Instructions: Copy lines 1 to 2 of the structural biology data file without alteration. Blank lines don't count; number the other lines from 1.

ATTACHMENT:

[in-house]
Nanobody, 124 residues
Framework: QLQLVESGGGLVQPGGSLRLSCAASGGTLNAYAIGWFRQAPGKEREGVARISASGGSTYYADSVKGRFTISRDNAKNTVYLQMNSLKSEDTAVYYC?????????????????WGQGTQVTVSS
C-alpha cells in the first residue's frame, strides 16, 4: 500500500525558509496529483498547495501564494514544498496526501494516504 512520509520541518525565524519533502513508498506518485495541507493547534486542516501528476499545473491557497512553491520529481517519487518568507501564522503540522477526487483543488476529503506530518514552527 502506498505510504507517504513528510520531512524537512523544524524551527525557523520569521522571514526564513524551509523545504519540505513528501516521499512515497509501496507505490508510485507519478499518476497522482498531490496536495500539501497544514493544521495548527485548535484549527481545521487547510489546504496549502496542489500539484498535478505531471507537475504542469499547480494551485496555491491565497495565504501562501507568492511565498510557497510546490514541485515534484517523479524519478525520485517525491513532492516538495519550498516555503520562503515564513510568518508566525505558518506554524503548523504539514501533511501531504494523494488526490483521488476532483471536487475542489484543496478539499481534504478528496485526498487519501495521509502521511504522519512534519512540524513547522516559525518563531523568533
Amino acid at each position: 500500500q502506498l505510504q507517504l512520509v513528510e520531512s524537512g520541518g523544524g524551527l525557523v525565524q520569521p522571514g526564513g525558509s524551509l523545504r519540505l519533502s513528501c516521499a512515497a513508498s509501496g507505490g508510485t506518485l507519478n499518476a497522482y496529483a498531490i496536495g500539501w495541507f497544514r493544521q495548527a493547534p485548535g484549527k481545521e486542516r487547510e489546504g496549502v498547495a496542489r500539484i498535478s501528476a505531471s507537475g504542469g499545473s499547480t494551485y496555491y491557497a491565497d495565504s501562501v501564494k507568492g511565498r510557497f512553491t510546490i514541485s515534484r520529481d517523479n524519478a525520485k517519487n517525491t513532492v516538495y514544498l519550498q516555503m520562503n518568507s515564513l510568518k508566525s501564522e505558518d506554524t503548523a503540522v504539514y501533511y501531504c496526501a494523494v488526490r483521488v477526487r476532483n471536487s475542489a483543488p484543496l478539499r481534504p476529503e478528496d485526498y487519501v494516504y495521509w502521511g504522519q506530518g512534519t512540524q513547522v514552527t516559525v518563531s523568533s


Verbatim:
[in-house]
Nanobody, 124 residues